FORT LEWIS, Wash. — Initial officer training will see changes later this year as part of the Army’s ongoing effort to improve force generation and make better use of personnel and training resources.

The commander of U.S. Army Accessions Command and Training and Doctrine Command’s deputy commanding general for initial military training, Lt. Gen. Benjamin C. Freakley, observed an example of that efficiency in late July at this Pacific Northwest installation.

The Leader Development and Assessment Course (LDAC) trained more than 5,700 ROTC cadets this summer, most of whom will be starting their senior years in college this fall. Cadet Command streamlined the 29 days of training by “double stacking,” or moving regiments through the training schedule two at a time, shortening LDAC’s duration from last year’s 79 days down to 49 days, from June 13 to July 31.

“Double stacking gets our cadets immersed in a field environment longer,” Freakley said. “It gets them through in a shorter time period, which allows Fort Lewis as a strategic deployment platform to have more time available to get more units out.”

By the end of the year, all three of the installation’s Stryker brigade combat teams will have deployed since summer.

TRADOC and Accessions Command anticipate announcing a new officer training model for 2010 before the end of this year.

“Getting second lieutenants to units in a more timely fashion is critical and we believe changes we’re studying will positively affect that,” said Col. Frank Ippolito, former LDAC commander and now Accessions Command’s director of officer accessions coordination. “Operational tempo, resource allocations at training posts, eliminating redundancies in training — all of these factors are driving this study.”

LDAC’s crucial change this year, according to Col. Paul Wood, commander of the course and Cadet Command’s 8th Brigade, was doubling the number of regiments training at once.

“The changes shorten the time on station of thousands for training cadre and support staff — saving the Army money and saving those affected a number of days in the process,” he said. “This requires more rigorous logistical support and a more tightly packed training schedule, but it has proven to be supportable.”

Cadet Command will commission approximately 4,600 second lieutenants in fiscal year 2009 with a projected 5,100 next fiscal year.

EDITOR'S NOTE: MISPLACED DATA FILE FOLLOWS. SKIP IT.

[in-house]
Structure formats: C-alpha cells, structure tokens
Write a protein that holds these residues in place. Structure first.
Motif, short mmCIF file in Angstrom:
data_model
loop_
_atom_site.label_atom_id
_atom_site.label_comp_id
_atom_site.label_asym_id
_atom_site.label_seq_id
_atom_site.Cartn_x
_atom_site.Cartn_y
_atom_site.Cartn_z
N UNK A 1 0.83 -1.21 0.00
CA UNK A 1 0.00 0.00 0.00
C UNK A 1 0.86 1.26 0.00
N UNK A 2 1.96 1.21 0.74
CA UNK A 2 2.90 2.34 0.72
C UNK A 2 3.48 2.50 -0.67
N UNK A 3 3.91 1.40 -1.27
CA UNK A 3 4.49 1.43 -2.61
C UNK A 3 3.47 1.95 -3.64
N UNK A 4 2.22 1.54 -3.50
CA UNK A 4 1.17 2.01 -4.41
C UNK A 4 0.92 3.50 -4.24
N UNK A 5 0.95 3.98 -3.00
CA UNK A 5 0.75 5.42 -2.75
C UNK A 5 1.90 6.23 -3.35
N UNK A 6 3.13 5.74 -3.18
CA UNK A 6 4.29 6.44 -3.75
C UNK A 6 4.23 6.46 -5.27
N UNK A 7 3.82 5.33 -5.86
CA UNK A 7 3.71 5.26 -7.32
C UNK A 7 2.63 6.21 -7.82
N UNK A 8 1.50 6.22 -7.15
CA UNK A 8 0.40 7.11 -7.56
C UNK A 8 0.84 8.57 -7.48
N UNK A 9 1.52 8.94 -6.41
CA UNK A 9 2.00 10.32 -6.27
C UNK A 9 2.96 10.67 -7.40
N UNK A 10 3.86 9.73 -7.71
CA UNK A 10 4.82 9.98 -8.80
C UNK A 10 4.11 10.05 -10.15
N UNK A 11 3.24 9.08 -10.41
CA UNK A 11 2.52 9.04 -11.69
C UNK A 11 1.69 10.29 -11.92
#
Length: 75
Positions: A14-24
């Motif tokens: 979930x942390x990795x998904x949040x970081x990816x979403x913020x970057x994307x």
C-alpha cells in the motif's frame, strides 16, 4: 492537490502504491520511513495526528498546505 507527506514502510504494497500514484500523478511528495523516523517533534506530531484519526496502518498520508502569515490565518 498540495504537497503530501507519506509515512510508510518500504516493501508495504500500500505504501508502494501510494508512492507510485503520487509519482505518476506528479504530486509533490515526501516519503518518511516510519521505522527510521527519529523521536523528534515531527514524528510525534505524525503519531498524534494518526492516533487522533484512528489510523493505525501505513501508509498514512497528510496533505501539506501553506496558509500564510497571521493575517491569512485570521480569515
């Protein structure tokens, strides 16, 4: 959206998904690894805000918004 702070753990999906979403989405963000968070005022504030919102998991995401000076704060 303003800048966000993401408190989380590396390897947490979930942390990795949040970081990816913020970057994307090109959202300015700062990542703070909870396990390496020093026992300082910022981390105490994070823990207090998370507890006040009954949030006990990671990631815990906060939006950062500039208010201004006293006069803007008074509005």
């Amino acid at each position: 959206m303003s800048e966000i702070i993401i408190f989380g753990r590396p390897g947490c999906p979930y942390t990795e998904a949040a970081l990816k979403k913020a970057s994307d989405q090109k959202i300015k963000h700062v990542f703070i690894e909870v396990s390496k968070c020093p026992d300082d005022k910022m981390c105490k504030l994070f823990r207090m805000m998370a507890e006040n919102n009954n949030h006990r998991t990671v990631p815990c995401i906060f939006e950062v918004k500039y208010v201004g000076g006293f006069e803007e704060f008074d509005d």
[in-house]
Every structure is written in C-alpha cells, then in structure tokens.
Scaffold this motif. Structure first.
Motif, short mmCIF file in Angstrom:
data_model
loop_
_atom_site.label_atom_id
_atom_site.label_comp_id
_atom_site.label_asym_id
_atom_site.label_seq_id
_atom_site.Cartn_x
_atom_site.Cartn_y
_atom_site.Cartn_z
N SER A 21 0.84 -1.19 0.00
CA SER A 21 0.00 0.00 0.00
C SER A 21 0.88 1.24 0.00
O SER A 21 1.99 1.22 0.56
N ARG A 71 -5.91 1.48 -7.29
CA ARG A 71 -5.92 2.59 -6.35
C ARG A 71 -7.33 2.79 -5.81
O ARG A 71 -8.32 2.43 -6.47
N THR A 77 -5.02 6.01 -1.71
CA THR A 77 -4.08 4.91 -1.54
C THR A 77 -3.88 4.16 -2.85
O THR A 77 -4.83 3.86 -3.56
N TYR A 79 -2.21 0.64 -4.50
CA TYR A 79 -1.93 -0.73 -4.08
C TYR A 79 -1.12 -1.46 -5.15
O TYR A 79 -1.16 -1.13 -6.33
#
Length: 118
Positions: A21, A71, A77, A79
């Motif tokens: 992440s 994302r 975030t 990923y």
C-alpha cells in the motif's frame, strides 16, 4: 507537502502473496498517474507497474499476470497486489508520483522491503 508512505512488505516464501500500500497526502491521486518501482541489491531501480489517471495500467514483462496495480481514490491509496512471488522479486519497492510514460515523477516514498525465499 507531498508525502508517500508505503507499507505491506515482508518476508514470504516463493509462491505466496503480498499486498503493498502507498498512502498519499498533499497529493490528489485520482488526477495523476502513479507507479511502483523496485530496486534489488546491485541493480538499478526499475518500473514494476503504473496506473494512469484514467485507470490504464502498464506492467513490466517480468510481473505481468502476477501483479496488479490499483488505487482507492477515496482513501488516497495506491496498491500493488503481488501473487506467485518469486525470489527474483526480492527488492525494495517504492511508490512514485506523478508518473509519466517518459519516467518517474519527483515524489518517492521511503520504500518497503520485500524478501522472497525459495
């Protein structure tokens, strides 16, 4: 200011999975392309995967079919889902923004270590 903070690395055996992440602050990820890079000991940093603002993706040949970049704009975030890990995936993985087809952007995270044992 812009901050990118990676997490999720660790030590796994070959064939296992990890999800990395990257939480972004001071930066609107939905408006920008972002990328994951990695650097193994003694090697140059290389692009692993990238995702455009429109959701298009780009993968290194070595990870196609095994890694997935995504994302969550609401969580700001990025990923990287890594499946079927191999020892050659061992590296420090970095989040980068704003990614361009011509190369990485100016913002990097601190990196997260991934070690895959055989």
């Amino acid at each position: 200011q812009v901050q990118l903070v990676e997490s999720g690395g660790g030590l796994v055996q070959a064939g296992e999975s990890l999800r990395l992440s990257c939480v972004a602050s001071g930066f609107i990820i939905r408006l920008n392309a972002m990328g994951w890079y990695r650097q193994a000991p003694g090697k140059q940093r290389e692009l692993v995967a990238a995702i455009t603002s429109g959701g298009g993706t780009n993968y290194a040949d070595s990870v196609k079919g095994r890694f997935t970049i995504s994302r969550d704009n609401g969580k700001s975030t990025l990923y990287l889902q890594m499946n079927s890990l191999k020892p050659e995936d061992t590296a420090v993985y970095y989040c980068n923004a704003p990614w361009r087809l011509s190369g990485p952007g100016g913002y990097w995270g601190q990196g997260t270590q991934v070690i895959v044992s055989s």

“Army end-strength is driving our trainee population higher,” Wood said. “As greater numbers of Army cadets move toward commissioning, the capacity of LDAC to train and assess cadets must increase.

“The L in LDAC is about leadership; we’ve increased the rigor of leader-oriented training and assessment this year, to everyone’s benefit.”

Training tasks were dropped and others added to make the most of the 29 training days. Cadets spent more time in situational training exercises leading patrols. Basic rifle marksmanship was dropped because, as Freakley responded to a cadet’s question at Fort Lewis, “You’re going to get more of that than you want when you get to your first unit. It’s a perishable skill. It doesn’t help if you get it here then report back to your senior year and not be able to keep using it.”

Since Cadet Command is one of Freakley’s subordinate commands, his visit to LDAC, Wood said, “is to share the vision of the Army, the direction of the Army and the expectations, and talk with cadets to see if we are really providing the right training.”

Freakley urged the cadets to be adaptable and agile as leaders, telling them there are no “cookbook solutions” to the challenges they will face as Army leaders.

“One of us could possibly be in his place some day, so to hear him talk to us and tell us ways in which we can make it to that level was very beneficial,” said Hampton (Va.) University cadet Cashmere Rhynes.

Western Kentucky University cadet William Roach was part of a group that had question-and-answer time with Freakley.

“Him being here shows that the Army is taking notice that this training is genuine,” Roach said. “I didn’t think the increased volume of soldiers impaired the training at all. It’s a pretty rigorous process as far as getting down and evaluating the base level leadership.”

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